The D.C. Council is moving forward on two bills to cut waste. Imagine a city in which 80 percent of all waste never ends up in landfills or incinerators. That’s the zero-waste goal the bills seek to achieve.
The D.C. Council took the first step today by unanimously voting to approve a waste bill – the Waste Management Modernization Act of 2014 – and an omnibus sustainability bill – the Sustainable D.C. Omnibus Act of 2013.
The waste bill establishes a working-group process to develop a zero waste plan. The 80 percent waste-diversion-rate sets a minimum goal of that plan. Waste diversion occurs when garbage is reduced through reuse, recycling, composting and/or conversion into biofuels. Diversion keeps waste out of landfills and incinerators.
“This is the first time the zero waste goal has been set forth in a city bill,” Chris Weiss, the Executive Director of the DC Environmental Network, said over the telephone. “[The bill] take[s] a number of steps to move in that direction,” Weiss said.
Instead of identifying waste as either recyclables or trash, people and businesses eventually will be asked to separate waste into three categories: recyclables, compostables and trash. This further degree of separation becomes effective after the Mayor implements a compost collection program.
The waste bill also will establish a city-wide electronics recycling program by regulating businesses that manufacture and/or sell electronic equipment in the District. It sets a goal of collecting 80 percent of covered electronic equipment by January 1, 2022.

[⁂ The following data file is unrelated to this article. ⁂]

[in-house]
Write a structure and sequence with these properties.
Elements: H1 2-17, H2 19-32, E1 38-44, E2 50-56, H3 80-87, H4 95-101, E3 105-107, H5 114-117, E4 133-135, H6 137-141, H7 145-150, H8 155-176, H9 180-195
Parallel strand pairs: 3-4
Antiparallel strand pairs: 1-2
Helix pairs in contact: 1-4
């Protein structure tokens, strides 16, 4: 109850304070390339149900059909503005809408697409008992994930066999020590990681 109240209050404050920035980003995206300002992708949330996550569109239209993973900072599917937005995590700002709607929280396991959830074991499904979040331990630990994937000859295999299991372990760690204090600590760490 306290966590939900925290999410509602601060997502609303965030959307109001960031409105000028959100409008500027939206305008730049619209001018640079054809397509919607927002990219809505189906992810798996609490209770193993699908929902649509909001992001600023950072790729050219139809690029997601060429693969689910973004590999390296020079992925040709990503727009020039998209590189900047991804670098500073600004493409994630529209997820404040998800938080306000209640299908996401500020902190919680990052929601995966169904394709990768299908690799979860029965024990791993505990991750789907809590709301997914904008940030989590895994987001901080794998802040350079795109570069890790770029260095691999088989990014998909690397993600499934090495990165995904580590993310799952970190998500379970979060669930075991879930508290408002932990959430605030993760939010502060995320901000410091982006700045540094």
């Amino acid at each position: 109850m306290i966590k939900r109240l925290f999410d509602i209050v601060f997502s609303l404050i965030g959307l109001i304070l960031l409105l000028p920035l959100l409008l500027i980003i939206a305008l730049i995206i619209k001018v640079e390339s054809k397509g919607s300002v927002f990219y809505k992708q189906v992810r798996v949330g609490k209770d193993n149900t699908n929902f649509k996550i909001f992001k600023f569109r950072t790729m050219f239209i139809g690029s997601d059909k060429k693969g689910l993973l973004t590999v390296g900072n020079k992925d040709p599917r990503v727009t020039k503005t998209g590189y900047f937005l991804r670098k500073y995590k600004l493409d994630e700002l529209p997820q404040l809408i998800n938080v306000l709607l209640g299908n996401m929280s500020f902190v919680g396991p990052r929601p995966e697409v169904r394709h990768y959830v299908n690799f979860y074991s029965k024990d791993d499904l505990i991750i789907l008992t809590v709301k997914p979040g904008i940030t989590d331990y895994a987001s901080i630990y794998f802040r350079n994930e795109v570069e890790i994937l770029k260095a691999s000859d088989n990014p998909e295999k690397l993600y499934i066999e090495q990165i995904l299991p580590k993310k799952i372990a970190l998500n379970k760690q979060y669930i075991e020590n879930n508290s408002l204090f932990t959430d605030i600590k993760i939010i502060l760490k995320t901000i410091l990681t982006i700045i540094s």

The reforms outlined in the waste bill aim to ensure that the District will meet its goal of zero waste by 2032, as expressed in the Sustainable DC Plan.
The omnibus sustainability bill also approved by the Council today amends several laws that the city enacted to implement its Sustainable D.C. agenda. Included within the omnibus bill are two waste-related provisions.
The omnibus bill prohibits the sale, use or provision of expanded polystyrene containers for food service.
The omnibus bill also requires disposable food service containers provided by food service businesses to be compostable or recyclable.
The Council’s Committee of Transportation and Environment held hearings on both bills earlier this year.
“Currently, the District waste diversion rate is about 23%, which is 10 percent below the national average and substantially lower than other jurisdictions, including San Francisco, which has an 80 percent diversion rate, and Montgomery County, which achieves about 60 percent waste diversion,” Cheh’s website said.
The bill is a small step towards achieving zero waste, Weiss said. “It is a nice legacy for Mayor Gray.”
A second vote is needed for approval of the bill, and the Council has scheduled that vote for July 14, 2014.